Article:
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An excerpt from www.HouseOfNames.com archives copyright © 2000 - 2016
Kindred is a name that was carried to England in the great wave of migration from Normandy following the Norman Conquest of 1066. The Kindred family lived in Kinder, Derbyshire. The surname of Kinder was a local name which means of Kinder, a hamlet in the parish of Glossop, Derbyshire, near Chapel-en-le-Frith.
The surname Kindred was first found in Derbyshire where they held a family seat as Lords of the Manor of Kinder, a small hamlet originally called Chendre before the taking of the Domesday Book census, a survey initiated by Duke William of Normandy in 1086 after his defeat of the English at Hastings in 1066. Kinder is a hamlet near the Kinder Scout, the highest and best known mountain in the Peak District of Derbyshire, and is often called 'The Peak'. At the time of the taking of the Domesday Book, CITATION[CLOSE]
Williams, Dr Ann. And G.H. Martin, Eds., Domesday Book A Complete Translation. London: Penguin, 1992. Print. (ISBN 0-141-00523-8) the hamlet of Kinder was "King's Land."
Before English spelling was standardized a few hundred years ago, spelling variations of names were a common occurrence. Elements of Latin, Norman French and other languages became incorporated into English throughout the Middle Ages, and name spellings changed even among the literate. The variations of the surname Kindred include Kinder, Kynder, Chinder, Chendre, Kender, Kyender and others.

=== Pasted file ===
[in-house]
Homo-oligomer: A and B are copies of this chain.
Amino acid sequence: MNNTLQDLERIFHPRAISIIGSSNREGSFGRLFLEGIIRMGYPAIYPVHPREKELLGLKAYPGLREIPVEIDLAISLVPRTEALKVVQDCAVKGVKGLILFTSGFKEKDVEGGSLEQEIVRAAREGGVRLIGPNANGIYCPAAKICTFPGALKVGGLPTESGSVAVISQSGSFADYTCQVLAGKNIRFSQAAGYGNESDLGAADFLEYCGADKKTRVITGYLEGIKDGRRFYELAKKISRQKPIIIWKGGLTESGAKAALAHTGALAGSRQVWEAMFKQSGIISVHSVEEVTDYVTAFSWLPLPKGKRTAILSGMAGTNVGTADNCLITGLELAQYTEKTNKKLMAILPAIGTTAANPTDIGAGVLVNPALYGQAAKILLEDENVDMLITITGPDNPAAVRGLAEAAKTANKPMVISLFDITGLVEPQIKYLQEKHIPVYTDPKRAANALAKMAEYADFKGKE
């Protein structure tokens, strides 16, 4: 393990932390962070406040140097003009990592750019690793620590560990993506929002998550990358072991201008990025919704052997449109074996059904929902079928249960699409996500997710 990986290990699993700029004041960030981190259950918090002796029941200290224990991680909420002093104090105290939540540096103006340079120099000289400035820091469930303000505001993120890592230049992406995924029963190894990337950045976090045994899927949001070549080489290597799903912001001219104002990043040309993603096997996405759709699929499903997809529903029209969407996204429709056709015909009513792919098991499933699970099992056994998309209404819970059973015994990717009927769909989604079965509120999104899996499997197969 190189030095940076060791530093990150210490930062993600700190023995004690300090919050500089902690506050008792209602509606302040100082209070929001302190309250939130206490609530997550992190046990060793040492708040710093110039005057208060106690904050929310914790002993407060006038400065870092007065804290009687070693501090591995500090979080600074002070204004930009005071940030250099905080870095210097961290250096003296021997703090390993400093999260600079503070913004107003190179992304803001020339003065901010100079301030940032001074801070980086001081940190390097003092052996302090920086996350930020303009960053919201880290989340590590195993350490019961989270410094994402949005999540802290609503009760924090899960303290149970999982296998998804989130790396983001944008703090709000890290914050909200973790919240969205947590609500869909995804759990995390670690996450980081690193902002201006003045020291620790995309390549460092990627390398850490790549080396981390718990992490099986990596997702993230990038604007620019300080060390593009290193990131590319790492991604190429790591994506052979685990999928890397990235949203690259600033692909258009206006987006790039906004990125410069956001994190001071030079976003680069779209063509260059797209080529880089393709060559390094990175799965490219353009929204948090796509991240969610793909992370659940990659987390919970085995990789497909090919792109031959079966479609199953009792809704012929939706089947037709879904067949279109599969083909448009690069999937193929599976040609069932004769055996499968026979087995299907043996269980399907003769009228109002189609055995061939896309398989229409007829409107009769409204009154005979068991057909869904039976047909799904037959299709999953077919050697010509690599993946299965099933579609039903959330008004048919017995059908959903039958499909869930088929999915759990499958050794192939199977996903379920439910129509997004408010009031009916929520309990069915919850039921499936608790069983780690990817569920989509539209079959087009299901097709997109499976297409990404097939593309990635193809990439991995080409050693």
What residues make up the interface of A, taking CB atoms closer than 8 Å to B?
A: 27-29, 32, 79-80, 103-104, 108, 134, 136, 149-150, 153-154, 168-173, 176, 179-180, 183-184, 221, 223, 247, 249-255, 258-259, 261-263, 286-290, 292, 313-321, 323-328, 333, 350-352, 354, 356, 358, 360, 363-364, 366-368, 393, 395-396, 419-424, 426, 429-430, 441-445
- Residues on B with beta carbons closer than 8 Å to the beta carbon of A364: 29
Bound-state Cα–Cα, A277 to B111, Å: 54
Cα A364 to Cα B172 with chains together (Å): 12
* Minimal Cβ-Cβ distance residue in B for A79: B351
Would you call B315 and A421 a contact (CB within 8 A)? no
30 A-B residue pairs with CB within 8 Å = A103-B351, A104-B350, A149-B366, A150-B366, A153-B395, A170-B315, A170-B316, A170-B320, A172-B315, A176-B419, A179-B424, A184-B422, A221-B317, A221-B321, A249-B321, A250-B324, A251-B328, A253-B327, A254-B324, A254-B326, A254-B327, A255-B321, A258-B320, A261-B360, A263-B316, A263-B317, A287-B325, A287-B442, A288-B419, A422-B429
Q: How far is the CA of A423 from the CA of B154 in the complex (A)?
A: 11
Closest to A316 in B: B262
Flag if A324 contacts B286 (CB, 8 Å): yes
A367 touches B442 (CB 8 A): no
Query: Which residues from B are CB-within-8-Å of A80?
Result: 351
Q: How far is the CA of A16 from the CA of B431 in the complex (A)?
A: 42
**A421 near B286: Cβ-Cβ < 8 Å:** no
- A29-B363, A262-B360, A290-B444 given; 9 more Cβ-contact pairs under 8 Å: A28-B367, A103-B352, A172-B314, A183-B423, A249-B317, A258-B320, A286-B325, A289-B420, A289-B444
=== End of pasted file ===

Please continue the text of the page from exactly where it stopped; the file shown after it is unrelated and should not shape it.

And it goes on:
This web page shows only a small excerpt of our Kindred research. Another 204 words (15 lines of text) are included under the topic Early Kindred History in all our PDF Extended History products and printed products wherever possible.
More information is included under the topic Early Kindred Notables in all our PDF Extended History products and printed products wherever possible.
In England at this time, the uncertainty of the political and religious environment of the time caused many families to board ships for distant British colonies in the hopes of finding land and opportunity, and escaping persecution. The voyages were expensive, crowded, and difficult, though, and many arrived in North America sick, starved, and destitute. Those who did make it, however, were greeted with greater opportunities and freedoms that they could have experienced at home. Many of those families went on to make important contributions to the young nations in which they settled. Early immigration records have shown some of the first Kindreds to arrive on North American shores:
Kindred Settlers in United States in the 18th Century
Kindred Settlers in United States in the 19th Century
Kindred Settlers in United States in the 20th Century
Kindred Settlers in Canada in the 19th Century
The Kindred Family Crest was acquired from the Houseofnames.com archives. The Kindred Family Crest was drawn according to heraldic standards based on published blazons. We generally include the oldest published family crest once associated with each surname.
This page was last modified on 13 June 2014 at 13:37.